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Now in its second edition, this bestselling textbook may be the single most influential study of the historical relationship between science and technology ever published. Tracing this relationship from the dawn of civilization through the twentieth century, James E. McClellan III and Harold Dorn argue that technology as "applied science" emerged relatively recently, as industry and governments began funding scientific research that would lead directly to new or improved technologies.
McClellan and Dorn identify two great scientific traditions: the useful sciences, patronized by the state from the dawn of civilization, and scientific theorizing, initiated by the ancient Greeks. They find that scientific traditions took root in China, India, and Central and South America, as well as in a series of Near Eastern empires, during late antiquity and the Middle Ages. From this comparative perspective, the authors explore the emergence of Europe and the United States as a scientific and technological power.
The new edition reorganizes its treatment of Greek science and significantly expands its coverage of industrial civilization and contemporary science and technology with new and revised chapters devoted to applied science, the sociology and economics of science, globalization, and the technological systems that underpin everyday life.
Johns Hopkins University Press
This historical account achieves its basic aim of demonstrating that, with the exception of quite recent history, technology has always influenced science, not the other way round.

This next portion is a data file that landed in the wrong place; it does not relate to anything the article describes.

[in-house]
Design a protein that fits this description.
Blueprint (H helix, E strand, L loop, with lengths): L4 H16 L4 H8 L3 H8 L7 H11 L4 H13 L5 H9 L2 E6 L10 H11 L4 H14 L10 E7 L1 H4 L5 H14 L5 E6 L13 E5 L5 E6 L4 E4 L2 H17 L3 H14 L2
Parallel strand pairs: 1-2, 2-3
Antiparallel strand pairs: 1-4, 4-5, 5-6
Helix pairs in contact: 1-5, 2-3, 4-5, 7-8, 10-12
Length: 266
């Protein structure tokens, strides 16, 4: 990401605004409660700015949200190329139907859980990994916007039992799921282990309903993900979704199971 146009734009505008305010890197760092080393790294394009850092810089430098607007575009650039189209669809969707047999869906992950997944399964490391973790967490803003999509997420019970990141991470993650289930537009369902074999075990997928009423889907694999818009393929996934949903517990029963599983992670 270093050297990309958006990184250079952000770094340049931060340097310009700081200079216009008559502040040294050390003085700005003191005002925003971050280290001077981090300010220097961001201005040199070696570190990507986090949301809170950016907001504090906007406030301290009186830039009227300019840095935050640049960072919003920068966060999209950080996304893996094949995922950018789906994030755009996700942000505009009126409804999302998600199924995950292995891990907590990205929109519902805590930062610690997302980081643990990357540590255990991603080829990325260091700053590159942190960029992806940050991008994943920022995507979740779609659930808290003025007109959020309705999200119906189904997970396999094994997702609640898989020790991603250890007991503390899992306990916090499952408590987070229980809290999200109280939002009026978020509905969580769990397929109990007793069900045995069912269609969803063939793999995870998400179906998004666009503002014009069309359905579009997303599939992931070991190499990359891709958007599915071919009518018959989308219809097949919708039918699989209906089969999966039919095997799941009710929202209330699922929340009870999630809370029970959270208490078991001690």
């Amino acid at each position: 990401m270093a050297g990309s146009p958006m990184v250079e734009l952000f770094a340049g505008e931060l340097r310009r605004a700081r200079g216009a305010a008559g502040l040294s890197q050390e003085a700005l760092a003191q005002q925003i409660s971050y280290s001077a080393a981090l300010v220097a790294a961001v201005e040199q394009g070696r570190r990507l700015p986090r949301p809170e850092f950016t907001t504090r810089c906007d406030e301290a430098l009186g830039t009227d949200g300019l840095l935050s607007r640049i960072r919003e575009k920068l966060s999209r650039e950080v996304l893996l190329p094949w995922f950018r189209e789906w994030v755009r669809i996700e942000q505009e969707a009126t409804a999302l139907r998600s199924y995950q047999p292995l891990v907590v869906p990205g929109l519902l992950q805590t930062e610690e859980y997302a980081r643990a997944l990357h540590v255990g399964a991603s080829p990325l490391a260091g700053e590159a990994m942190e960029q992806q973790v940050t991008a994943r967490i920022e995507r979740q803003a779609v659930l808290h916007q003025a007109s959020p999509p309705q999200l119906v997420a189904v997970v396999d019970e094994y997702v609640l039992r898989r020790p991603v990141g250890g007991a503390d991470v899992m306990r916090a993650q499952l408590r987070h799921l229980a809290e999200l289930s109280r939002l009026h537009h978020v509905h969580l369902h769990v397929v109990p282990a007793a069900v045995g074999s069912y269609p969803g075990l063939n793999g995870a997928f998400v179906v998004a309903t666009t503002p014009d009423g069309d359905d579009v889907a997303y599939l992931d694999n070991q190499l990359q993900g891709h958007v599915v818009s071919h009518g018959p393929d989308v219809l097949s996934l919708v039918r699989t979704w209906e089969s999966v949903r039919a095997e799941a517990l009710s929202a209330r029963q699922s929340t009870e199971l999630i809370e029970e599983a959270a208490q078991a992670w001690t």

|Introduction : the guiding themes||1|
|Pt. I||From ape to Alexander||3|
|Ch. 1||Humankind emerges : tools and toolmakers||5|
|Ch. 2||The reign of the farmer||17|
|Ch. 3||Pharaohs and engineers||31|
|Ch. 4||Greeks bearing gifts||55|
|Ch. 5||Alexandria and after||79|
|Pt. II||Thinking and doing among the world's peoples||97|
|Ch. 6||The enduring East||99|
|Ch. 7||The middle kingdom||117|
|Ch. 8||Indus, Ganges, and beyond||141|
|Ch. 9||The new world||155|
|Pt. III||Europe and the solar system||175|
|Ch. 10||Plows, stirrups, guns, and plagues||177|
|Ch. 11||Copernicus incites a revolution||203|
|Ch. 12||The crime and punishment of Galileo Galilei||223|
|Ch. 13||"God said, 'let Newton be!'"||249|
|Pt. IV||Science and industrial civilization||275|
|Ch. 14||Timber, coal, cloth, and steam||279|
|Ch. 15||Legacies of revolution||295|
|Ch. 16||Life itself||323|
|Ch. 17||Toolmakers take command||339|
|Ch. 18||The new Aristotelians||365|
|Ch. 19||The bomb and the genome||391|
|Ch. 20||Under today's pharaohs||415|
|Conclusion : the medium of history||437|
Posted April 6, 2012
Posted June 9, 2000
The World History Association has awarded this book its 2000 prize because of its coverage, not only of Western science, but also of regions as far afield as China, the Muslim World, and Pre-Columbian America, as well as ancient times. It provides a basis for comparative study of a marker that many historians use to measure change over time in human societies.Was this review helpful? Yes NoThank you for your feedback. Report this reviewThank you, this review has been flagged.